Film Review

The Aftermath of Tribeca: James Franco on Adderall, Lily Tomlin as a Grandma, Jason Schwartzman with a Huge Penis, and the Wolfpack Are Coming to Your Local Theatre

Of the hundreds of films screened at festivals across the nation only a handful will wind up at your local theaters, and that goes for those lucky enough to have been viewed at the growingly prestigious Tribeca Film Festival (TFF).

Tomorrowland or George Clooney Pouts for 2 Hours and 10 Minutes

Warning: The plot of Brad (Ratatouille) Bird's Tomorrowland is an incomprehensible muddle. A Wachowski screenplay reimagined by William Burroughs would be easier to follow. I'm only telling you this out of kindness so you won't feel like a complete mental lummox when, as this action offering for pre-teen girls ever so slowly ends after 130 minutes, you realize you don't know what the fuck happened.

Pitch Perfect 2: Female Trouble

Good news for Comingsoon.net's Joshua Starnes. He can recycle his critique of Pitch Perfect (2012) for its sequel: "Pitch Perfect isn't particularly bad. It isn't particularly anything. And that's what's most disappointing about it."

The low-costing original Pitch took in $113,042,075 worldwide on a production budget of $17 million, which deemed it the second highest grossing comedy/musical since 1984, losing the top spot only to School of Rock (2003). No wonder there is a follow-up.

From Tribeca: "Aphasia" or the Dangers of Ordering Sushi from Seamless

"The filmmakers respectfully ask the media to not discuss the film's ending" is a sentence included in the press notes for Luke LoCurcio's twelve-minute short "Aphasia." Now since aphasia means the sudden inability to communicate, whether through speech, writing, or even sign language, while not losing one's intelligence, and there's only one main character in the film, unless you can't put 6 and 7.2359 together and come up with 13.2359, you will probably have already guessed the finale. If not, I have no doubt you watched Titanic and was caught off guard that a ship sinks and Leo dies. You probably also pondered why Frozen isn't set in Miami Beach.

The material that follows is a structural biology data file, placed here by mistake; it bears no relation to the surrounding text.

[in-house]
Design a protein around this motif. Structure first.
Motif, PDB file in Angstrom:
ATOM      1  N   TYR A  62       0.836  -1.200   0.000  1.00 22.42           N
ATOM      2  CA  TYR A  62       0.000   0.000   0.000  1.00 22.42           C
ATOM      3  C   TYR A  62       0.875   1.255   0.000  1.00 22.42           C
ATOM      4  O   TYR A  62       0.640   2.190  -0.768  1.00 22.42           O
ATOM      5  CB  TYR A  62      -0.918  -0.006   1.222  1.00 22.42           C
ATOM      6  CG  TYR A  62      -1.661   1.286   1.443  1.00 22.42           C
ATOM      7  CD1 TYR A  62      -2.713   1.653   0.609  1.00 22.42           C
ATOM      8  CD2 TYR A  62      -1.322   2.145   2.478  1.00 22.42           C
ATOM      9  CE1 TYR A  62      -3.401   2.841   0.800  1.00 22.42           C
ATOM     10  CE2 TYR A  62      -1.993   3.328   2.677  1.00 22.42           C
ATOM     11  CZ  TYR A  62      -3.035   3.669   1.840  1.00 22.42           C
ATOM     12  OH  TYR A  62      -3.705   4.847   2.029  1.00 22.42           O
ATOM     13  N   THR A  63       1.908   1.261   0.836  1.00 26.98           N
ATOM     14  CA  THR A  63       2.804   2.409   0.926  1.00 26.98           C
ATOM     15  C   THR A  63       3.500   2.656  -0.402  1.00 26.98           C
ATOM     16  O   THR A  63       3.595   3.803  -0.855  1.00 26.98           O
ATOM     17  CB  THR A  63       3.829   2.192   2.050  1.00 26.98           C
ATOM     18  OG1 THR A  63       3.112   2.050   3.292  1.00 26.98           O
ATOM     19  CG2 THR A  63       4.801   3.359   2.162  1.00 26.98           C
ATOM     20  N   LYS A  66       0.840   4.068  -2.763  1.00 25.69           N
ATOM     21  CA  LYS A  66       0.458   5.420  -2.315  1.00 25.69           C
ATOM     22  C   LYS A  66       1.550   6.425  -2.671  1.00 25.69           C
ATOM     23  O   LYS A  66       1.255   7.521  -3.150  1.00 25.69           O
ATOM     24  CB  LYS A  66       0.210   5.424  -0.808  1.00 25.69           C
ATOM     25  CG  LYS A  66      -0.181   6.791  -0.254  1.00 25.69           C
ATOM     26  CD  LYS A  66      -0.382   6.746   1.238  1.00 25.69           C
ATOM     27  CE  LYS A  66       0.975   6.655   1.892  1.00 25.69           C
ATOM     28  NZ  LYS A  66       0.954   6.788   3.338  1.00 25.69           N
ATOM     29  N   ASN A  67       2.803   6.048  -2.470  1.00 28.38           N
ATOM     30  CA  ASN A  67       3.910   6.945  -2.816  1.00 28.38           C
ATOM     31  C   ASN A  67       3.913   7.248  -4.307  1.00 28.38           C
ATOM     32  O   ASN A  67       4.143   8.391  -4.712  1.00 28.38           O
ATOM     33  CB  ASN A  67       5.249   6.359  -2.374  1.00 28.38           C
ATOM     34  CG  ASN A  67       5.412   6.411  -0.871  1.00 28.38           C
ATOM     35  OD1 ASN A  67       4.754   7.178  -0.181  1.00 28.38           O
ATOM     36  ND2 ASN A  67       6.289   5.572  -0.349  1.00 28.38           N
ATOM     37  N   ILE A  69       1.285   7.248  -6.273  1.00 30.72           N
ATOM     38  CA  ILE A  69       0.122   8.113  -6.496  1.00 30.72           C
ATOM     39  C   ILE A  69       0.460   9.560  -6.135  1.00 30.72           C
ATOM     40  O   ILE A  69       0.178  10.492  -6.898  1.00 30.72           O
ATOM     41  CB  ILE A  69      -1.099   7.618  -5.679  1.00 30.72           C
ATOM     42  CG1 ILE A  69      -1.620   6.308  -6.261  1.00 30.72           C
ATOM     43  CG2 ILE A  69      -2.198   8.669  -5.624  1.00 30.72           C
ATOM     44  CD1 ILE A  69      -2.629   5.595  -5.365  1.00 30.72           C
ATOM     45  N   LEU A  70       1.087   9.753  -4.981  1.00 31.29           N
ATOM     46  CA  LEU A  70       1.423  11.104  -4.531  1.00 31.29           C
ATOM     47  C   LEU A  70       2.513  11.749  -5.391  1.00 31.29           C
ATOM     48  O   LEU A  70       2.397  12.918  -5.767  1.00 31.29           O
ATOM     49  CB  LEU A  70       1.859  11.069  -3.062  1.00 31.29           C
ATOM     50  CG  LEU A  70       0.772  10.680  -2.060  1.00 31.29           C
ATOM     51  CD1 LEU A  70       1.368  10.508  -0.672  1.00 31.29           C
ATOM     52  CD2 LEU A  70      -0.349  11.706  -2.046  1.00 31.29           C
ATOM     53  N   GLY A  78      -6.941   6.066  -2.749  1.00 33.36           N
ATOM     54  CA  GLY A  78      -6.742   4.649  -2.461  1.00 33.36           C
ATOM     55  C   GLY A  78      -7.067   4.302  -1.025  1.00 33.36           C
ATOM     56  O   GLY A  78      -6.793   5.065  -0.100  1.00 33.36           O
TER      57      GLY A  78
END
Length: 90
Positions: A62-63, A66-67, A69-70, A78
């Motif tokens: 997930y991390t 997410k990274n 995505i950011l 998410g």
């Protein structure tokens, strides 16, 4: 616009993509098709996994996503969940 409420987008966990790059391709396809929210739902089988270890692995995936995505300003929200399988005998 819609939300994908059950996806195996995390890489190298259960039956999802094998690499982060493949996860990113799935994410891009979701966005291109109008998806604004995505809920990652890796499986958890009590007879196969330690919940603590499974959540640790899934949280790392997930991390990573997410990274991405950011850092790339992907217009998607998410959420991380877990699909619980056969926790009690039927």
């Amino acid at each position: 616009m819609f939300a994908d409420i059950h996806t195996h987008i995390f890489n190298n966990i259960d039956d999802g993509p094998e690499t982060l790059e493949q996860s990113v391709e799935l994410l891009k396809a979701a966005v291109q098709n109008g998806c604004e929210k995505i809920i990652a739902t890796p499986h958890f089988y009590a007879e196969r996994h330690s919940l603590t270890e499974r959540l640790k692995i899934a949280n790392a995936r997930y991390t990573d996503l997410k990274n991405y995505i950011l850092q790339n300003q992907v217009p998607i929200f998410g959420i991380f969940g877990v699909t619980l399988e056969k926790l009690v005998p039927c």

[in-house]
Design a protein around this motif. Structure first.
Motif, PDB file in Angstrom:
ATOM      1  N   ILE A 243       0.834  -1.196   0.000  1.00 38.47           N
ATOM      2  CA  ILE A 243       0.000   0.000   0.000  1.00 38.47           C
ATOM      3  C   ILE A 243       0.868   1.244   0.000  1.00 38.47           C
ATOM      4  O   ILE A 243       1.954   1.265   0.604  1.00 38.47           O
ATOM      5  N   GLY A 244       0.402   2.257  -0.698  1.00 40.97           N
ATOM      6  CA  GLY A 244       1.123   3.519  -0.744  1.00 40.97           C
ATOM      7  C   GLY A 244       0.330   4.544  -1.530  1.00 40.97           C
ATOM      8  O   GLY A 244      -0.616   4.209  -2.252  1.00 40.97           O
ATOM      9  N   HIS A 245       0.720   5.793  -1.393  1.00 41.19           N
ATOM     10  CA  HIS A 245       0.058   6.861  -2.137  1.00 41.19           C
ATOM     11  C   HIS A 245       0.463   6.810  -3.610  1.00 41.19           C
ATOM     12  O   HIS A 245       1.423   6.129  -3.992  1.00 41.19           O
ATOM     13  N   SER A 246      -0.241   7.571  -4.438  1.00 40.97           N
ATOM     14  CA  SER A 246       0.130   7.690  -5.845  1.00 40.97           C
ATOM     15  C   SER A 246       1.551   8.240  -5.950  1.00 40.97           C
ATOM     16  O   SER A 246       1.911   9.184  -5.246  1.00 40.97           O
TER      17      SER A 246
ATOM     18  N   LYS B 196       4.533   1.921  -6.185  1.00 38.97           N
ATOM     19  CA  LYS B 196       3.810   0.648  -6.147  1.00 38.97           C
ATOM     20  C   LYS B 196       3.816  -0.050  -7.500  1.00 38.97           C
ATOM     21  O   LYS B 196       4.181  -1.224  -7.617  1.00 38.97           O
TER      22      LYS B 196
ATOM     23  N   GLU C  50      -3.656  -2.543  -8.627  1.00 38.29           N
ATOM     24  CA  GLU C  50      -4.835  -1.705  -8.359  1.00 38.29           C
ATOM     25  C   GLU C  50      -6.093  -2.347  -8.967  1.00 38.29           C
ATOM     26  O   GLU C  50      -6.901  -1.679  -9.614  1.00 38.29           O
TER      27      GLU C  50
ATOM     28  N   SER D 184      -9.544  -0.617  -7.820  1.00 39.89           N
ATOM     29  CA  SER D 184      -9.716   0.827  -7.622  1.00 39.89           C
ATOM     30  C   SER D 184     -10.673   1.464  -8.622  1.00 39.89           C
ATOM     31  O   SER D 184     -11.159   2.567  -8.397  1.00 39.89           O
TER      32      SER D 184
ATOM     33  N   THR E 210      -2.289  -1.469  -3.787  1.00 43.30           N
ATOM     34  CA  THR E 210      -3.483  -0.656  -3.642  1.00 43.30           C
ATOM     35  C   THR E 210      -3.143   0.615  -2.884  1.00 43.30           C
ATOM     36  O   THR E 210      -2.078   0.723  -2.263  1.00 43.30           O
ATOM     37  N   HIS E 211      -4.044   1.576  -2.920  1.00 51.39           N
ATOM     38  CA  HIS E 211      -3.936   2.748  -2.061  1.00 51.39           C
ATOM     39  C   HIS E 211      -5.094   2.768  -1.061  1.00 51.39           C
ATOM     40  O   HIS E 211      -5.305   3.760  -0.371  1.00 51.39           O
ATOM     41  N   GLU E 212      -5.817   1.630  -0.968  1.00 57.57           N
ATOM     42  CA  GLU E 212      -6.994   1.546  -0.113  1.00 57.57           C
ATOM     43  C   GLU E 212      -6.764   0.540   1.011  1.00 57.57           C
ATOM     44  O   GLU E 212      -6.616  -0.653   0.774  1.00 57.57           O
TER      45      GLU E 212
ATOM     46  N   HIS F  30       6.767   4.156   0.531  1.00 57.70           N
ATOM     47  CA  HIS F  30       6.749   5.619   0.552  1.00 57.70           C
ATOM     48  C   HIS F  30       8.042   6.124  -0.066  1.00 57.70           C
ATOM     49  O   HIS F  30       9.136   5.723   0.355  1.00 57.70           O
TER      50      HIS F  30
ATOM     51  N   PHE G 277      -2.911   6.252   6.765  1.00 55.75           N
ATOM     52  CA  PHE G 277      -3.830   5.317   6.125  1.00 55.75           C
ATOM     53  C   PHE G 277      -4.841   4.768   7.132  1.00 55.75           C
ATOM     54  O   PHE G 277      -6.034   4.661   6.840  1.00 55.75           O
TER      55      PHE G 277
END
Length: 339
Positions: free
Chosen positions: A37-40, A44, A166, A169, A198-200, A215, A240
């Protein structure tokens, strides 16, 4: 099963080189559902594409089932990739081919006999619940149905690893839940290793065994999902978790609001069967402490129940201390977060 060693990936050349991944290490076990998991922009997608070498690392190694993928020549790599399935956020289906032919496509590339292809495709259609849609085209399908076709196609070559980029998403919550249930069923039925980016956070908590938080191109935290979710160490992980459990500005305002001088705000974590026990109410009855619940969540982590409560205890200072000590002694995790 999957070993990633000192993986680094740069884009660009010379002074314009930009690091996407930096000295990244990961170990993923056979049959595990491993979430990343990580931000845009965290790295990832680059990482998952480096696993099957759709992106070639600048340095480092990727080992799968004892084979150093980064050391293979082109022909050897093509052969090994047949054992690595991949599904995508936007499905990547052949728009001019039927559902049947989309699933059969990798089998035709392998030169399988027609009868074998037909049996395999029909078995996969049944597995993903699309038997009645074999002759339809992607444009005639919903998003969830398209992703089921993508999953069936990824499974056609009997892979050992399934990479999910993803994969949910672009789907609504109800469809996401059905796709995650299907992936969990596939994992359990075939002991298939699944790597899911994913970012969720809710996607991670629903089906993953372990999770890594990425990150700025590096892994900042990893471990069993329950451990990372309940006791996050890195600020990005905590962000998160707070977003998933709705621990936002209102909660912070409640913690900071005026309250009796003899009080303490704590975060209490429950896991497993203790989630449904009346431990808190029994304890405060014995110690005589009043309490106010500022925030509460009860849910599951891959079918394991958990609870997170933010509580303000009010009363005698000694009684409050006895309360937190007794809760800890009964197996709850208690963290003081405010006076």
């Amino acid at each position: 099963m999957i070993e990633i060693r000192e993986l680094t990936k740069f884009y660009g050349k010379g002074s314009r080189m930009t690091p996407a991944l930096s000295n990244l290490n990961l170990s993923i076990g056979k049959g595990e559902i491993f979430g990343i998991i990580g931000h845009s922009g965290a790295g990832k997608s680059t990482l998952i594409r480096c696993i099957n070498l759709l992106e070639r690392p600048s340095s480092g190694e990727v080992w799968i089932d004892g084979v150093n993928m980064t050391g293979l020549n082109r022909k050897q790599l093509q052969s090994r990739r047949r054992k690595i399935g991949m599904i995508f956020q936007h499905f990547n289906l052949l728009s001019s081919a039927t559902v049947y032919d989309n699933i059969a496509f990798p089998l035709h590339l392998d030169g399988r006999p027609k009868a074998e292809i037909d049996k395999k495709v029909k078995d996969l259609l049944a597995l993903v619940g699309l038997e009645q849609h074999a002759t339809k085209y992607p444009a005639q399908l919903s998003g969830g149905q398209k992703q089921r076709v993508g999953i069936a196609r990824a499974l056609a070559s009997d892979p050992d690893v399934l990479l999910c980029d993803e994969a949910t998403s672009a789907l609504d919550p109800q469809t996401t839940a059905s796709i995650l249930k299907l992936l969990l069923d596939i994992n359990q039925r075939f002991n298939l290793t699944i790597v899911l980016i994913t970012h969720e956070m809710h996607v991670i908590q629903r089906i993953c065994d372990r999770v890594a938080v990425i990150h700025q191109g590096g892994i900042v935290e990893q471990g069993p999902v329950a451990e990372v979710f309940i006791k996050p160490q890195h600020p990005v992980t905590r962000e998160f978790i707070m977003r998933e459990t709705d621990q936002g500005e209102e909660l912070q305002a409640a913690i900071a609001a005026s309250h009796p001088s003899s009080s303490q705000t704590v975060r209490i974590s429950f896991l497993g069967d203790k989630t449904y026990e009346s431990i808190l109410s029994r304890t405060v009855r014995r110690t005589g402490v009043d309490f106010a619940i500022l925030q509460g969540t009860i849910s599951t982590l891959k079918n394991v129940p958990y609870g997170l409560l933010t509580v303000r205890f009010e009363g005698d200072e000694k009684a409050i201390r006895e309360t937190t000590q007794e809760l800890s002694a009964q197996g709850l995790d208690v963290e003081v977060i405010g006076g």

The Anti-Disney, Bill Plympton, on Cheatin’, Hitler, and Fellini

Bill Plympton is not a genius, or so he insists, although none of his thousands of fans would be shocked if a MacArthur "Genius Grant" came his way. This former contributor to Playboy, The New York Times, and MTV has been a cult cartoonist and animator now for over a quarter of century, garnering an Oscar nomination in 1987 for his short "Your Face."

The Third Man - A Haunting Noir

What is it that makes an artwork important? Relevance over time is one answer. This past summer in New York City, both the Museum of Modern Art and Film Forum ran a month-long series of Film Noir screenings. And this December of 2014, the Brooklyn Academy of Music ran a "Sunshine Noir" series of Film Noir shot in Los Angeles. Three revivals in one year speak to the continued pertinence of this genre: Film Noir is timeless. On the surface, Noir is stylized and sexy, but its hidden undercurrent illuminates something about our deeper vulnerabilities.

The Riot Club: When Being Posh Is Not Enough

Those of us who lead hapless lives know how frightening getting up in the morning can be. Instead of rising and embracing the daylight with an ardent cuddle and a zealous "Yahoo!" we see grey clouds overhead and wonder aloud, "What now?" Another egg carton with broken shells? A second bedbug infestation within twelve months? Still no replies to our Christian Mingles ad even though we've noted we can recite the Book of Revelation by heart in Latin?